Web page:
I had a busy weekend and didn’t get back into town until 22:00. By the time I unpacked and settled back in I was too tired to get any posts written. Too bad, so sad.
John Tierney, a politician from Massachusetts, is introducing a bill that would require all firearm to be equipped with technology that prevents them from being used by anybody besides its owner. What makes this case interesting isn’t the legislation but Mr. Tierney’s justification:
A House Democrat inspired by the last James Bond movie has offered legislation to produce handguns with “personalization technology.”
The idea is to produce guns that can only be used by the gun’s owners. Rep. John Tierney (D-Mass.) cited the latest James Bond movie, “Skyfall,” as inspiration for the bill.
Technology appearing in movies is now real? Awesome!
Seriously, my life is going to be so much better with a giant walking robot!
According to the Star Tribune the State of Minnesota lost 11,600 jobs last month but, somehow, unemployment went down:
Minnesota’s job market posted its second straight negative month, shedding 11,400 jobs in April, the state said Thursday.
The biggest job losses were in trade, transportation and utilities, which shed 5,700 jobs, according to figures released by the Minnesota Department of Employment and Economic Development.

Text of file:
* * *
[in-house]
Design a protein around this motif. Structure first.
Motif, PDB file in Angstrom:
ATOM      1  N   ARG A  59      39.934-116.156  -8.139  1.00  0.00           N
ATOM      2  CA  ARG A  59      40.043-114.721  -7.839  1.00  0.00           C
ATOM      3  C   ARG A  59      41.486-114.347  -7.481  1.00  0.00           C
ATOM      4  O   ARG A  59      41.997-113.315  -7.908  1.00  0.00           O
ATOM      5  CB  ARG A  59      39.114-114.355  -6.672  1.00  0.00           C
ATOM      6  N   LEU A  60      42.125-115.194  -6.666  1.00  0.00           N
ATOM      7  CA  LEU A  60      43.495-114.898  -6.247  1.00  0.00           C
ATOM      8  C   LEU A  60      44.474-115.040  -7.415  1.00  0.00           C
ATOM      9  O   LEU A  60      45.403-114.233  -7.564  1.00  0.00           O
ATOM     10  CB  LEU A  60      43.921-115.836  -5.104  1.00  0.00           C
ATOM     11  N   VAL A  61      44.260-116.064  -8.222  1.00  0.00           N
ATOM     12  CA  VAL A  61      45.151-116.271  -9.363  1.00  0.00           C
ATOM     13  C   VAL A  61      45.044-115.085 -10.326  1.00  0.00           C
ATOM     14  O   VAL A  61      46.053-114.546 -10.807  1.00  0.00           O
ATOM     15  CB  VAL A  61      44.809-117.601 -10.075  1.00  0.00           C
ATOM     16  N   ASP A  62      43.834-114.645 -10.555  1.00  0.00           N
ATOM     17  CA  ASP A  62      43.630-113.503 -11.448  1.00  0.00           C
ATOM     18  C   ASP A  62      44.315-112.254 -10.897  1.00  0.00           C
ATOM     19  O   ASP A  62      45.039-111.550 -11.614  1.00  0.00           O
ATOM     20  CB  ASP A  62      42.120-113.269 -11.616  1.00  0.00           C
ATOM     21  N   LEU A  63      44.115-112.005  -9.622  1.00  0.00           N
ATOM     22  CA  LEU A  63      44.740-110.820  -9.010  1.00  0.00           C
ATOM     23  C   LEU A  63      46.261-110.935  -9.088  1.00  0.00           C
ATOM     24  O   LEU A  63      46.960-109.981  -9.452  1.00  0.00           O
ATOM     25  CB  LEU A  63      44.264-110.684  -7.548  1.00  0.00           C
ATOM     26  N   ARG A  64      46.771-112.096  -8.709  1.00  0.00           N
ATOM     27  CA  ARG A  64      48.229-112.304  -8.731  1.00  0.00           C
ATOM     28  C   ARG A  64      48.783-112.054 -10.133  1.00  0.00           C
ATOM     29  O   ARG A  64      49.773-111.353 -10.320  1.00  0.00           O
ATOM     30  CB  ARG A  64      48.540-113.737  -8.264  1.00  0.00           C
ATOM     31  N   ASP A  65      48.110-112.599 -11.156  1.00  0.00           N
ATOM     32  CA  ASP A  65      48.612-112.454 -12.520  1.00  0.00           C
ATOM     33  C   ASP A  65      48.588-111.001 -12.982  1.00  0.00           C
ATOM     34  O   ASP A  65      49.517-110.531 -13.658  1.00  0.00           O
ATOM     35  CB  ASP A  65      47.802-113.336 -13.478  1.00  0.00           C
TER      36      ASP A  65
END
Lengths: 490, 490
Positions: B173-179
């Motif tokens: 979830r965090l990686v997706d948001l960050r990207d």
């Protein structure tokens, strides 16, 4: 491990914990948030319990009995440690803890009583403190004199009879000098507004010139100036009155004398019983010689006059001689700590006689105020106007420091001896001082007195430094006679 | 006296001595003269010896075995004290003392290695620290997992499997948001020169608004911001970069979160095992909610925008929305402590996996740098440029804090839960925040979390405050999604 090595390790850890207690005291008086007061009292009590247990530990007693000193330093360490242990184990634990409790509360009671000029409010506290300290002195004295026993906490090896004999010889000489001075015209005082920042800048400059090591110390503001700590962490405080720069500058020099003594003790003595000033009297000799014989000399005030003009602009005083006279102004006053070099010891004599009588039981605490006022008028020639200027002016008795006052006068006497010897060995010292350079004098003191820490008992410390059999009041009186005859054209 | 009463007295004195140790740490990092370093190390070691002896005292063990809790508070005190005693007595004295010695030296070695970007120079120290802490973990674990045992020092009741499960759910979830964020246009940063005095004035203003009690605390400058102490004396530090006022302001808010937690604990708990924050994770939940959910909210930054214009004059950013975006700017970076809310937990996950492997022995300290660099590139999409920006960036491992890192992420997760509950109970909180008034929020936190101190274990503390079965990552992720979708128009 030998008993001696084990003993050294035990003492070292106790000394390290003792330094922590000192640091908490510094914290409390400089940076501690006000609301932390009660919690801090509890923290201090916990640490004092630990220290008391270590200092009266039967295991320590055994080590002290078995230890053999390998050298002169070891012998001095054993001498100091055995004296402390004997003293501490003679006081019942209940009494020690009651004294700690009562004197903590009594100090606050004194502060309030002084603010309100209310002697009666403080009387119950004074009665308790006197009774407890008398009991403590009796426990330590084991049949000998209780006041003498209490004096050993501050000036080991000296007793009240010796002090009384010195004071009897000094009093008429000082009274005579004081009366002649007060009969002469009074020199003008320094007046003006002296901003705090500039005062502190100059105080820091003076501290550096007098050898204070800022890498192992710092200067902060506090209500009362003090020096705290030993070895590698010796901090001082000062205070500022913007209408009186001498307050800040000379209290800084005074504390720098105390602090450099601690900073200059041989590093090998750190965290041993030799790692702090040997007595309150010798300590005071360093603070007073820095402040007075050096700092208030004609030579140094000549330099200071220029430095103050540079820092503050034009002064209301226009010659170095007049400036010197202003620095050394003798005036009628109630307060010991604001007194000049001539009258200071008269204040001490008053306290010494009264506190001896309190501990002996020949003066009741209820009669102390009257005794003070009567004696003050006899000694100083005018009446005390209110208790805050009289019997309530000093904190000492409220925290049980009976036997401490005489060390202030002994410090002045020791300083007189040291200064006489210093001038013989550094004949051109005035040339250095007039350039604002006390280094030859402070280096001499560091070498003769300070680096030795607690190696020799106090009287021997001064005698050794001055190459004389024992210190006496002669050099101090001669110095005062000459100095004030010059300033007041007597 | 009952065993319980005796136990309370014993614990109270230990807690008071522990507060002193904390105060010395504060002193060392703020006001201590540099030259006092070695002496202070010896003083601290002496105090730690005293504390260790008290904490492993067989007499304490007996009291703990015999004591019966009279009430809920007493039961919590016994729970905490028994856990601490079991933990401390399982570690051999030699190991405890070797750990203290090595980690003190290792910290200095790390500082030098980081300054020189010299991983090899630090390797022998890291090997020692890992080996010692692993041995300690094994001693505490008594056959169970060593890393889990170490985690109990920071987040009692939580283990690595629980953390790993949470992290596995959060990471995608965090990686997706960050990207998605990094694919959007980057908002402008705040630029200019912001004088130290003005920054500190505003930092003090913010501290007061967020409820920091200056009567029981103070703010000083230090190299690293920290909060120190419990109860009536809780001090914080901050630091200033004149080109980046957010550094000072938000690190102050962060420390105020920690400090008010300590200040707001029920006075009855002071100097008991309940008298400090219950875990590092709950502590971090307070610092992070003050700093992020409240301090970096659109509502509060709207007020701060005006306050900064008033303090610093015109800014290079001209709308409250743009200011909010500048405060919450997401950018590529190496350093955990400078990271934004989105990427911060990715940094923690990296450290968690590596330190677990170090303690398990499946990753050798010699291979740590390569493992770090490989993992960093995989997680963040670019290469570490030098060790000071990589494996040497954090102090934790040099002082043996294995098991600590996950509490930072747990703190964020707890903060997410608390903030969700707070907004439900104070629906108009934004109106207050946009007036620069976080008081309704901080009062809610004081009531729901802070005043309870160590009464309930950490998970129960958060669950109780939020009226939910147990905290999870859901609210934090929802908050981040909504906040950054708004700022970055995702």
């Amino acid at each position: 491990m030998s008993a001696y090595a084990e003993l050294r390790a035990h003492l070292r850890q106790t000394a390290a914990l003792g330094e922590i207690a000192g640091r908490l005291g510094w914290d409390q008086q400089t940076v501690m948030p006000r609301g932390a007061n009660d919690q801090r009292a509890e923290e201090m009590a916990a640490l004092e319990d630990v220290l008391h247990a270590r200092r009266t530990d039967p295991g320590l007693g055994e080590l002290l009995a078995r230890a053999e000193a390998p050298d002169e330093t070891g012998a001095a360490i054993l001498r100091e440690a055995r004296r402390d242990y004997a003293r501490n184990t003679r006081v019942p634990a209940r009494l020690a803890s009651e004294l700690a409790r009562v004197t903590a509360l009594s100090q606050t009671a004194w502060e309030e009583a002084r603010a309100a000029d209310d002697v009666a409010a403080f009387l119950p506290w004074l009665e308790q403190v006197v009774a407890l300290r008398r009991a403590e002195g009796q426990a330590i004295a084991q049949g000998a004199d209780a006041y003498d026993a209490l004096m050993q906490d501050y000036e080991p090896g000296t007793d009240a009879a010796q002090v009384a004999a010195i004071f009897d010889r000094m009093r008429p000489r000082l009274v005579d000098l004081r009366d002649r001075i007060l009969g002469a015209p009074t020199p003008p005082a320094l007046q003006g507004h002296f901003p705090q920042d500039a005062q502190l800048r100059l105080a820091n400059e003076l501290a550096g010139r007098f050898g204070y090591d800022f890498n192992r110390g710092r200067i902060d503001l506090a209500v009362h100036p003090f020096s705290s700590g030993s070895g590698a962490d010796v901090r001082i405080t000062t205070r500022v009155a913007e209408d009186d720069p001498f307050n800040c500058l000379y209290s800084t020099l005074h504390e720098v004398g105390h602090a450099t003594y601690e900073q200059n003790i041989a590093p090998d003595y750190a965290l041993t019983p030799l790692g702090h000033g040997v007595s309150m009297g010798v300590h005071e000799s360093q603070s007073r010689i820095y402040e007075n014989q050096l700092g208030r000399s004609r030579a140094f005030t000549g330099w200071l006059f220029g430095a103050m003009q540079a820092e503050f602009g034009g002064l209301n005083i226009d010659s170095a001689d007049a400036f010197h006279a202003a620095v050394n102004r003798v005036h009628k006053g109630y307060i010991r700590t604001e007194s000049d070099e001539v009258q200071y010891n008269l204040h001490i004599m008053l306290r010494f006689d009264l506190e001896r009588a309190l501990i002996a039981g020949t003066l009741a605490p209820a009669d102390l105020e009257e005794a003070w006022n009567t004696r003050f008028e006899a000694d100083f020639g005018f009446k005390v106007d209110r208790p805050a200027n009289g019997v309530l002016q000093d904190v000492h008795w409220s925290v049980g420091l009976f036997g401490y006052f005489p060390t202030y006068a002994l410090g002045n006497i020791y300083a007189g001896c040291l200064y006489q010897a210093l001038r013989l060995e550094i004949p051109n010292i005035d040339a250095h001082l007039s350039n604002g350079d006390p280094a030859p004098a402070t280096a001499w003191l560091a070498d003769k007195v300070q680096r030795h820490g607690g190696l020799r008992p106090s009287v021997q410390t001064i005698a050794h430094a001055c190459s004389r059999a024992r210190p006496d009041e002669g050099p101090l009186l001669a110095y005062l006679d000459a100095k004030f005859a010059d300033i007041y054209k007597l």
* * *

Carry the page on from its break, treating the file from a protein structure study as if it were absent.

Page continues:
Meanwhile, the Minnesota unemployment rate fell to a seasonally adjusted 5.3 percent in April, its lowest point since May 2008 and well below the U.S. rate of 7.5 percent in April. The March figures were revised upward from 5,200 jobs lost to 3,300 jobs lost.
One may wonder how an economy could lose jobs and experience a drop in unemployment. Logic would dictate that unemployment would go up as the number of people without jobs also went up. What we’re seeing here is another example of the state cooking the books in order to make unemployment look better than it actually is. I’ve touched on how the Bureau of Labor Statistics uses what is called the U3 unemployment statistic in order to make unemployment look better than it actually is. Another trick often used by statist statisticians, such as the ones employed by the State of Minnesota, is seasonal adjustments.
Seasonal adjustments, as the name implies, involves removing drops in unemployment caused by seasonal changes from the official statistic. The theory goes something like this: